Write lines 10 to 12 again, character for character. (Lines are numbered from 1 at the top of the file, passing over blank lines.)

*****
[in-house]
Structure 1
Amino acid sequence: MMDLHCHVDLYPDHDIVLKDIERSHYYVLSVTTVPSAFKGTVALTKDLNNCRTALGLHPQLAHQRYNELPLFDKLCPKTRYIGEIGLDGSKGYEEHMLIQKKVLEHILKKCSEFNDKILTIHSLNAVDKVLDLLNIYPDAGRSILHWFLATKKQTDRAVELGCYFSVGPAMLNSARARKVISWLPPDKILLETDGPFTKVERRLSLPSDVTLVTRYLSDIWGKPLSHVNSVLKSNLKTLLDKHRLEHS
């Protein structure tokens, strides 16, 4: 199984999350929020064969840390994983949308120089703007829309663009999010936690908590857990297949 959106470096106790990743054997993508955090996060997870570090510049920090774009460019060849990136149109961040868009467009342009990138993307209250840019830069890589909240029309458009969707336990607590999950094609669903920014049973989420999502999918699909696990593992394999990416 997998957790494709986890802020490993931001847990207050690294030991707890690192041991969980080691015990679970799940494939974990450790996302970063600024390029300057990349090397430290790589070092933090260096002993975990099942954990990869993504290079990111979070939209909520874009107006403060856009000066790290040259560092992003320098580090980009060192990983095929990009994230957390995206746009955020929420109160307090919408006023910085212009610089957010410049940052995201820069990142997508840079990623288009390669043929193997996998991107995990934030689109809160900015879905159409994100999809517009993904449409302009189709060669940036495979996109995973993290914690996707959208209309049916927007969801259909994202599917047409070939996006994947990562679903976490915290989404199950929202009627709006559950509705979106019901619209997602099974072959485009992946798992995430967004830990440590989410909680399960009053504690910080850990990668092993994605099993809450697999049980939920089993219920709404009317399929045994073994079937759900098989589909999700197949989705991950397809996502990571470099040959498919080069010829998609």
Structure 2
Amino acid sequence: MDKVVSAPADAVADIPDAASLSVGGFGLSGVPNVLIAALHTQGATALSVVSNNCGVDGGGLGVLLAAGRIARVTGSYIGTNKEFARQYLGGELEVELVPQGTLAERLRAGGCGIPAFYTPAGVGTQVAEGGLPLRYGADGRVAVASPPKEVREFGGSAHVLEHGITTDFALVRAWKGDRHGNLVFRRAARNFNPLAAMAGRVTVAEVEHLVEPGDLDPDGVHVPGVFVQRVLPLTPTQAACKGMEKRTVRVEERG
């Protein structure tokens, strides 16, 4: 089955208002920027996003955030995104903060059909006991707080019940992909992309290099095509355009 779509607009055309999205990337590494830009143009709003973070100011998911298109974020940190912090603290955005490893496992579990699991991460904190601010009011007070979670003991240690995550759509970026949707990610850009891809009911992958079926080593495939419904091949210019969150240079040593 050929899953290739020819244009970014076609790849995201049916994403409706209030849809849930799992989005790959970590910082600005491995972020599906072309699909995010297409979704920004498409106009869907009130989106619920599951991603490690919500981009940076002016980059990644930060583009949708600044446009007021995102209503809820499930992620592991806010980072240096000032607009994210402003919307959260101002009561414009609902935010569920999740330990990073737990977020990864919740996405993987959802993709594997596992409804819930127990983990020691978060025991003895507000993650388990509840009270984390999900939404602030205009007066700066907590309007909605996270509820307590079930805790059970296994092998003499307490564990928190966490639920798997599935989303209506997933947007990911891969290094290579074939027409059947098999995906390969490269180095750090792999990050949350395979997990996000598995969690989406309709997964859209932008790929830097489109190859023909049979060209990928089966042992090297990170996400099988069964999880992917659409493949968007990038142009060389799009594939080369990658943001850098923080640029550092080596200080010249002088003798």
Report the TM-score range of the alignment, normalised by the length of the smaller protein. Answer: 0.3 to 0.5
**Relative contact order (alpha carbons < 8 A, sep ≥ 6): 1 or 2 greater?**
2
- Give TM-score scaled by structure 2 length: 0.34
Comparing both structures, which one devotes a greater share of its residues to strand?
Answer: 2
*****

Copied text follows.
2
- Give TM-score scaled by structure 2 length: 0.34
Comparing both structures, which one devotes a greater share of its residues to strand?